She went into the bathroom and put toilet paper in the bowl so he wouldn’t hear her pee. Her hair hung in greasy ropes around her face and she could smell the ripeness of her armpits. Maybe, she thought, he was one of those men who found pregnant women attractive. Then she remembered she had left her bag in the other room and gave out a little gasp of panic, thinking that he would look through it.

When she came out of the bathroom, he was sitting on the side of his bed. He had taken off his tie and shirt. He wore a sleeved vest and the roundness of his midriff pressed over the top of his trousers. Her pregnant belly had been that shape only a few weeks before and the similarity seemed strange – disturbing and funny at the same time. 

“You can take the first shower,” he said.

He had an accent she couldn’t quite place. It didn’t fit with what she thought he was, or the way he said things. It made her wary. But she really did need a shower – it had been two days since her last one. Two days since she walked barefoot down the street just before dawn, leaving her old house and her old life and everything she had ever known.  

“If you’re sure?” she said. 

“Go steady,” he said. “Cubicles in these places are slippery.”

He took a chair from in front of the dresser and set it down outside, then closed the door. She heard the click of his lighter and the smell of tobacco smoke seeped back into the room. She went into the bathroom, made sure the door was locked, then stepped out of her clothes.  

In the mirror, she studied the sun-caught part of her chest just above the heavy breasts and the dark spread of her nipples. The freckles and moles and tan lines and creases reminded her of a tidemark on a beach. It was where the boy had looked as he came. When he pulled out, he was already soft. Below her breasts was the miracle of her pregnancy, the skin around her bump as shiny and hard and tight as it had been when she was young. 

The shower water was good and hot, and she took a long time to scrub herself clean with two little bars of soap mashed into one. As the water fell over her belly, she imagined herself the prow of a boat, parting waves, waiting for the light of a port to show itself. She remembered how her husband would bang at the bathroom door if she took too long. Then she closed her eyes and lifted her chin towards the shower head, letting the hot water pink her face until the memory was gone.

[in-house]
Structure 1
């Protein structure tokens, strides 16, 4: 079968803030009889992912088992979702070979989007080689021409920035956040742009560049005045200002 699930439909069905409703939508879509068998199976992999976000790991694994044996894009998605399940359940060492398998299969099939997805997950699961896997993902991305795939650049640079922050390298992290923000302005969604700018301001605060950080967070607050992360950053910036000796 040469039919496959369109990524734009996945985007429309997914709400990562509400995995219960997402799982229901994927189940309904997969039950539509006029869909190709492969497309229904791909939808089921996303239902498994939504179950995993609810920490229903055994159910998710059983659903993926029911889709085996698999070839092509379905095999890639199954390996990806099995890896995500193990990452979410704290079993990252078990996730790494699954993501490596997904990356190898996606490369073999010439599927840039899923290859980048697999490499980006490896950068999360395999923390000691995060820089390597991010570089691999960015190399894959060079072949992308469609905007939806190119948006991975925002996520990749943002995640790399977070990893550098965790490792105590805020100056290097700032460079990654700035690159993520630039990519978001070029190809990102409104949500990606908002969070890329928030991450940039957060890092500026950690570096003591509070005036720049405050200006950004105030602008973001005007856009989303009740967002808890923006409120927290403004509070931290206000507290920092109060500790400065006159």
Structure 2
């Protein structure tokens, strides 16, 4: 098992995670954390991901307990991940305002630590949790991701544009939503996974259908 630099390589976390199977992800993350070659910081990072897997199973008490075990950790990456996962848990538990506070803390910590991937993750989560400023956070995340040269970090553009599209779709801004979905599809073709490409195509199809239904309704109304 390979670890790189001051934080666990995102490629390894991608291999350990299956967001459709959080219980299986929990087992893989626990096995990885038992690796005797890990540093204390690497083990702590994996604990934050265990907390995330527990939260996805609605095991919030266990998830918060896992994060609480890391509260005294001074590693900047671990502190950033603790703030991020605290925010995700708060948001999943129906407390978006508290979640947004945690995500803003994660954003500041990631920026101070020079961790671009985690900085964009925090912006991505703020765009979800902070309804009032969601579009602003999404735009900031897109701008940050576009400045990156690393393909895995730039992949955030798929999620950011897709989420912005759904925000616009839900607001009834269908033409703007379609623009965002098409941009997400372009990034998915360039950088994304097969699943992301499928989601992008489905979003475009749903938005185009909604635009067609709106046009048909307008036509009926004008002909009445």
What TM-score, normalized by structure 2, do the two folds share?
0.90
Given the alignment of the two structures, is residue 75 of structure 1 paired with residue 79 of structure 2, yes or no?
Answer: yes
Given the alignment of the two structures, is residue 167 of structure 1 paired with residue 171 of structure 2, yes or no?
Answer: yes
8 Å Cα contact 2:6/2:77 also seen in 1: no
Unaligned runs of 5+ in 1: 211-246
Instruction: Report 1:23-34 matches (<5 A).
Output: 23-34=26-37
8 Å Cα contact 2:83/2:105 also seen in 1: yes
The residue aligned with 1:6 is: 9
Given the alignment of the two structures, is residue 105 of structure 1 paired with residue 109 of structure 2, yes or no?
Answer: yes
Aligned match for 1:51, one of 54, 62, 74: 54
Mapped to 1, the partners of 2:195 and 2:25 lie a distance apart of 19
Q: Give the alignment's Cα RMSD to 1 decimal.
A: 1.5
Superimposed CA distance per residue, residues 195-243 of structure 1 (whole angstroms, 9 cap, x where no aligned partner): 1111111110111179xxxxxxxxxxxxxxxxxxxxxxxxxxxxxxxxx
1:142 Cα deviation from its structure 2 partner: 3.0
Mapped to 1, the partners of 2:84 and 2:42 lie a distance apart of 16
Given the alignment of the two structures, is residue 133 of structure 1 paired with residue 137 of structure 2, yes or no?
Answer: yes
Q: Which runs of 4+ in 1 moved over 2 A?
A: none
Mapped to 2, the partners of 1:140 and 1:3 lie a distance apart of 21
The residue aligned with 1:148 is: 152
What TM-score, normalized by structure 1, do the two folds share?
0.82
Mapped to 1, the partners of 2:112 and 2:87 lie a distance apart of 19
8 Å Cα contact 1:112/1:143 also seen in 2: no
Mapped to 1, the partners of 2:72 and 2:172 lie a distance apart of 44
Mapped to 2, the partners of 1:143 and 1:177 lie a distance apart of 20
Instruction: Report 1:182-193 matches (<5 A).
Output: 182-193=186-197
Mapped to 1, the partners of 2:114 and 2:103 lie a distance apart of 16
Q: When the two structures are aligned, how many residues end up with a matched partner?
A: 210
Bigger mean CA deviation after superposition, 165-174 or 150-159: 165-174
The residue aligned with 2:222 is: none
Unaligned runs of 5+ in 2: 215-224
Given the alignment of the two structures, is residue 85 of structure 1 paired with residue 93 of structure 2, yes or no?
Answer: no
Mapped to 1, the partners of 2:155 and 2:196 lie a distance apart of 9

When she was dried and dressed, she went back into the room and called out: “I’m done”. There was a scrape of chair legs and she saw the shadow of his head lean close to the window. 

“I can come in?”

“You can come in,” she said. 

She realised then that she had left some clothes on the bathroom floor. Her bag was open, and clothes were strewn around from that too. 

“I’m really sorry,” she said. “I’m not normally this messy. I’m just so tired.”

The man nodded, then stooped and picked up her clothes and placed them on a chair. The way he did it, the way he touched her clothes so lightly, made her think he must have children of his own, maybe daughters who flung their clothes around, and that he had spent much time picking up clothes from floors and laying them gently across the backs of chairs. 

The man opened his case and took out a washbag and a towel, then went into the bathroom, closing the door slowly so it shut with a soft click. There was a long silence and then she heard the water gush. She listened to the sound of the water splashing on the tiles and the little coughing sound he made. It felt too intimate, listening to a stranger taking a shower. 

Strange how before all this, she had craved that kind of intimacy more than anything else. There had been others before the boy who got her pregnant. There was a cook who boiled lobsters and crabs all night in a restaurant, then came to her smelling of the sea and tasting of it too, the creases of his skin rimed with sweat salt. And the mathematics teacher who asked her about her fantasies, then pushed her onto a hotel bed and bound her hands with his tie. He was a small-boned, nervous man, but even so, he shoved his thumb into her mouth and levered her jaw open like he was a dentist inspecting molars. 

The boy was less than half her age. She had been shocked by the mass of dark hair on his chest, on his arms and shoulders, as if they belonged to a much older man. A man the age of her own husband.